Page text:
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Sen. Kamala Harris of California vaults into 2020 presidential campaign

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WASHINGTON — Sen. Kamala Harris entered the 2020 presidential campaign Monday, describing herself as a “fighter” who will stick up for average Americans.

Kicking off a week that will include national television appearances, a rally in Oakland and two trips to early primary states, the California Democrat gave a preview of her campaign strategy: heavy on emphasizing “fighting … for the people” and light on talk of President Trump.

The former state attorney general and San Francisco district attorney made her widely expected announcement in an interview on ABC’s “Good Morning America,” following that up with a news conference at her alma mater, Howard University in Washington, a historically black university.

“I love my country. And this is a moment in time where I feel a sense of responsibility to stand up and fight for the best of who we are,” Harris said on ABC.

She kept her policy pronouncements general. Asked what her campaign’s signature issue would be, she said, “The core of my campaign is the people,” citing issues including climate change, income insecurity and bias in the justice system.

One subject Harris did not dwell on was Trump. She made only veiled and passing references to the president. Harris said the 800,000 federal workers who have been unpaid for a month during a record-setting shutdown in a dispute over funding for Trump’s border wall “don’t want a wall; they want a paycheck.”

Implicitly drawing a contrast, Harris positioned herself as a public servant.

“The American people want a fighter, and they want someone who will fight like heck for them and not fight based on self-interest, and I’m prepared to do that,” she said.

In a campaign kickoff video, Harris said she would hold a rally at noon Sunday in her hometown, Oakland, at Frank Ogawa Plaza outside City Hall. She also debuted her campaign theme: “For the People.”

Harris, 54, picked Martin Luther King Jr. Day to make her announcement, a nod to the fact that she is likely to be one of the few women of color in the race. She is the daughter of an Indian-born mother and Jamaican father who met at UC Berkeley in the 1960s and were active in the civil rights movement.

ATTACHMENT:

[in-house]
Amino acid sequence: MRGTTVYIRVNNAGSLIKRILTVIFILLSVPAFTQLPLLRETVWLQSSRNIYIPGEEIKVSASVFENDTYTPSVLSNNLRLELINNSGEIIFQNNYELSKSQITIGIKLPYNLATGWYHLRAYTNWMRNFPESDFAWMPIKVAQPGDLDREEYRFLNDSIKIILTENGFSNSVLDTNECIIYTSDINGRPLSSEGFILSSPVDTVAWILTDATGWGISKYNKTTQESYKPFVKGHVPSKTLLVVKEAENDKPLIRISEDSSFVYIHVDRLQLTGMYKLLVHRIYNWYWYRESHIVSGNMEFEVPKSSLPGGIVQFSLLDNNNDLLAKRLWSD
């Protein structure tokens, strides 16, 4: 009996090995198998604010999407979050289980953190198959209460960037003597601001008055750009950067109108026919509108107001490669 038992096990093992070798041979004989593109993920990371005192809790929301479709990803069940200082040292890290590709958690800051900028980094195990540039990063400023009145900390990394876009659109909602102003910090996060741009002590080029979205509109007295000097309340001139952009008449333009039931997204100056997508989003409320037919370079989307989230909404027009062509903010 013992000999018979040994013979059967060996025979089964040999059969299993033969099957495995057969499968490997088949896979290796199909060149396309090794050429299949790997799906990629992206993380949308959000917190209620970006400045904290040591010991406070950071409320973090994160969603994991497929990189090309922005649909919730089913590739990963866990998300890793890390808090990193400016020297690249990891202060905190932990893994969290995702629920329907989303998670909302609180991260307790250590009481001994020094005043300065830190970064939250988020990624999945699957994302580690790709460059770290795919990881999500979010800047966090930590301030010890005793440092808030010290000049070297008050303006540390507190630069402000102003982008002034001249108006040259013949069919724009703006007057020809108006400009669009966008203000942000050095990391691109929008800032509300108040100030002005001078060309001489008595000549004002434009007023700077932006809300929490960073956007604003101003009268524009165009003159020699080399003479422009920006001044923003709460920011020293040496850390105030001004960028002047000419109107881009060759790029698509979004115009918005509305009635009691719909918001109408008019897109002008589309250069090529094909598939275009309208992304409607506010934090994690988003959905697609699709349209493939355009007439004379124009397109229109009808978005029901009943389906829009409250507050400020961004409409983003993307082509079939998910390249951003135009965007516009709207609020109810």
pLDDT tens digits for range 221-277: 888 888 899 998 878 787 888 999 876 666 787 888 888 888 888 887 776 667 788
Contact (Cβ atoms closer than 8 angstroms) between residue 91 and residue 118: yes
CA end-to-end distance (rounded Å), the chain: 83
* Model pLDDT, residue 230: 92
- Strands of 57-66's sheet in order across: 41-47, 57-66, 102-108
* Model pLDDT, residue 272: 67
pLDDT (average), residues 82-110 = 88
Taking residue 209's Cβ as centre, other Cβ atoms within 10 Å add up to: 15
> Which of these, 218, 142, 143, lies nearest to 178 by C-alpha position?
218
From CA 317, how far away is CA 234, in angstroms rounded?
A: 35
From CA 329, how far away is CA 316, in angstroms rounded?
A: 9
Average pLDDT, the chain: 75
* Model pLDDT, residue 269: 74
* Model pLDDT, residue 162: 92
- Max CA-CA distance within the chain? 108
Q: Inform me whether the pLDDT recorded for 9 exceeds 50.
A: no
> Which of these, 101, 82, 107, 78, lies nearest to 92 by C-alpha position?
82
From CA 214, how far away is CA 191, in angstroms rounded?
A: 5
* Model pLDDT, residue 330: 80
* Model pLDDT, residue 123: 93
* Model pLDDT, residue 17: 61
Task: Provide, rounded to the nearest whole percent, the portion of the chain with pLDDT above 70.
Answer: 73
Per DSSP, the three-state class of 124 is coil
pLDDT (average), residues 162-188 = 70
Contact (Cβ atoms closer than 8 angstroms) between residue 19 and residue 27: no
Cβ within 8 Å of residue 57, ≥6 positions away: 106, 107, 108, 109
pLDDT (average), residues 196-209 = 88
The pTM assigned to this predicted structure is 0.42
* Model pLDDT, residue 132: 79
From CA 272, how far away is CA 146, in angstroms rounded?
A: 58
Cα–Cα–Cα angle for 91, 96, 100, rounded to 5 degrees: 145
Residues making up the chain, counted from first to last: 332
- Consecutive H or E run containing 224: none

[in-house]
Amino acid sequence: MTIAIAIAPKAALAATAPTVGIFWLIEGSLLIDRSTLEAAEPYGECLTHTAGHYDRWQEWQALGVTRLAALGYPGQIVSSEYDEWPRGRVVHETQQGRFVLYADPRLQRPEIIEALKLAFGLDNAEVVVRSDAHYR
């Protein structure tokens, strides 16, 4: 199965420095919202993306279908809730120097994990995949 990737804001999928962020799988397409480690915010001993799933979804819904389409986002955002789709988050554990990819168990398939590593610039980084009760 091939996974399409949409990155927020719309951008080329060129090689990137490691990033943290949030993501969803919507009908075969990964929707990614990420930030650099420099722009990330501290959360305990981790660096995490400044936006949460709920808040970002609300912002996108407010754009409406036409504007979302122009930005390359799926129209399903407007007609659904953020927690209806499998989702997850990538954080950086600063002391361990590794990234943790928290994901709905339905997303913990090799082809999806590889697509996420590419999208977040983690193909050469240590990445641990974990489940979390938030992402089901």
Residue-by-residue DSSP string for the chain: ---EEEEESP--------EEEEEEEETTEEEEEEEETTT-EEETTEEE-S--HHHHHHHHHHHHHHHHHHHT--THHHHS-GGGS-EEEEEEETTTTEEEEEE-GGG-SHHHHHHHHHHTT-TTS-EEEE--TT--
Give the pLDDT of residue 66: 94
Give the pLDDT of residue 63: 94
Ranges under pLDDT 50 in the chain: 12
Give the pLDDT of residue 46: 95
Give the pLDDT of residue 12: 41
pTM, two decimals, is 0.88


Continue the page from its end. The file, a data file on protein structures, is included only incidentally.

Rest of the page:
She said she was “honored” to announce on the day commemorating King’s life.

The first-term senator joins an already crowded field of Democrats hoping to unseat Trump. In the past few weeks, her fellow Democratic Sens. Elizabeth Warren of Massachusetts and Kirsten Gillibrand of New York have announced exploratory committees. Julian Castro, a Cabinet official under former President Barack Obama and former mayor of San Antonio, is also running.

Harris enters the race in the top tier of candidates, having built a national profile in her two-plus years in the Senate. But she won’t be alone.

In addition to Warren and Gillibrand, other Democratic senators considered to be possible candidates include New Jersey’s Cory Booker, Amy Klobuchar of Minnesota, Oregon’s Jeff Merkley and Sherrod Brown of Ohio. And independent Sen. Bernie Sanders of Vermont is looking at another run for the Democratic nomination.

Former Vice President Joe Biden is also weighing getting into the campaign, as is former Rep. Beto O’Rourke, who was narrowly defeated in his Texas U.S. Senate race in November.

Harris declined to attack any of her Democratic potential opponents Monday and wouldn’t elaborate on what distinguishes her from the pack.

“I think the voters will decide,” she said. “There are already and will continue to be great candidates who are running this race, and I think the process will have much more integrity the more people who want to run.”

She said she would be traveling the country and listening to Americans’ stories. She plans to visit South Carolina, an early primary state, on Friday and do a nationally televised town hall next Monday in Iowa, the first state to hold caucuses.

Harris has tapped Juan Rodriguez to manage her campaign, reprising the role he played in her 2016 Senate race. Her campaign chair will be her sister, Maya Harris, a civil rights attorney and adviser to Hillary Clinton’s 2016 presidential campaign.


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